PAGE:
Engelhardt believes that blockchain technology (in combination with application layers that are built atop the technology) could be the optimal mechanism for health care, providing users with privacy and ease of use. Healthcoin is one of the first blockchain-based platforms that focus on diabetes prevention. It’s an incentive system that tracks your biomarkers (e.g., heart rate, weight, blood sugar) and calculates your improvements in health over time. Positive results earn you “Healthcoins,” which can be used to cut your insurance costs.

Implications of Blockchain for the Healthcare Industry

Blockchain presents health care with new possibilities. Certain applications might be more realistic than others, however. Below are some examples that illustrate the potential blockchain holds.

Improving security, privacy, and reliability of data exchange and interoperability

Most progressive health technology experts believe that health records and medical data are best stored in the cloud. This enables users easier access to their data than when that data sits in silos. However, with current cloud storage standards, interoperability remains a challenge. For instance, different care providers and networks cannot always communicate with each other in a seamless way. Moreover, integrity and authenticity of records stored in the cloud remain questionable.

Blockchain is technology that could address these issues and potentially increase integrity and consistency of exchanged health information. With blockchain technology, patient information can be easily transferred between different providers and organizations. There is no need for further verification or a middleman. Instead, “smart” contracts, which are immutable through the use of blockchain, are used as a better alternative.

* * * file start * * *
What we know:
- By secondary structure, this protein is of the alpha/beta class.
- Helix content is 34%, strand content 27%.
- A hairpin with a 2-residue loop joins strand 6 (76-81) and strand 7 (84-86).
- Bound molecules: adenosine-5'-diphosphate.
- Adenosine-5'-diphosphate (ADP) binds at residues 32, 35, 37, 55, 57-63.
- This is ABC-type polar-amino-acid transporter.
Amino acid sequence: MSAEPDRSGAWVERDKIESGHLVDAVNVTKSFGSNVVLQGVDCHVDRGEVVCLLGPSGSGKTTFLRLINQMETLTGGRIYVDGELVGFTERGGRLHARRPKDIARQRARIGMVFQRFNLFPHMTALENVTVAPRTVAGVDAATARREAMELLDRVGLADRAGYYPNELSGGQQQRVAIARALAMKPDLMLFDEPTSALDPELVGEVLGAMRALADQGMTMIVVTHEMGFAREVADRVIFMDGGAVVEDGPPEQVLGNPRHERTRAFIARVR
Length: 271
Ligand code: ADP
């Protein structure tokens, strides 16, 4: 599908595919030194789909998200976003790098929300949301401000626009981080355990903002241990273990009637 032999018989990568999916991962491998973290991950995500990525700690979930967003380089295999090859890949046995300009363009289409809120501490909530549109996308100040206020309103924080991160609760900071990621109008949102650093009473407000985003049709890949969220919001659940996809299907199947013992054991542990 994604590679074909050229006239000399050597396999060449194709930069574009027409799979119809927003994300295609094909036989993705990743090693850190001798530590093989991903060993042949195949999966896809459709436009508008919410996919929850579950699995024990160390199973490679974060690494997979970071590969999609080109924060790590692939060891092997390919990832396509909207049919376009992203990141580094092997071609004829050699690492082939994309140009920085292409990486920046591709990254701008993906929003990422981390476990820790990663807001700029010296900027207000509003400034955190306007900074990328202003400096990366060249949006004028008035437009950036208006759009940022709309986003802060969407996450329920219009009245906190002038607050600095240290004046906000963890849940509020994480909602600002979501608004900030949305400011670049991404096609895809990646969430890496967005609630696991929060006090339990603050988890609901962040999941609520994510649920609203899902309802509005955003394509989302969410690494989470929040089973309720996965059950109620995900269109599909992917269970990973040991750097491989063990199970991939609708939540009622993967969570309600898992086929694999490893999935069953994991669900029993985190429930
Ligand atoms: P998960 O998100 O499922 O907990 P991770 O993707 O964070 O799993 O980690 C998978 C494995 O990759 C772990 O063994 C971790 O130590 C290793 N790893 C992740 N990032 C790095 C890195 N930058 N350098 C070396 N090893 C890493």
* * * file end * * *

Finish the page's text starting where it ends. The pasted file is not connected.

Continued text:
Creating patient-centered medical records

Generally, blockchain companies aspire towards a more patient-centered system where patients can routinely access and control their own medical data. Essentially, in this way, you own your data, and it is you that allows (or prevents) others from accessing your records. The amount of paperwork that is currently needed to comply with HIPAA standards is a strain for the doctors—a more organized and efficient system could help reduce some of this burden. However, there are still questions on how a blockchain-based system will be able to comply with HIPAA Privacy and Security Rules.

Some blockchain-based companies are working towards providing an organized, efficient system for health care. For instance, Medicalchain, a company working on blockchain for electronic health records, has focused on hospital discharge summaries. They want to ensure these medical records are free of error, quickly processed and easily transferred between different locations. Their innovative system involves a structured discharge process doctors are trained to follow. All data is decentralized, so sharing between hospitals, health insurers, and other stakeholders is easier than traditional approaches.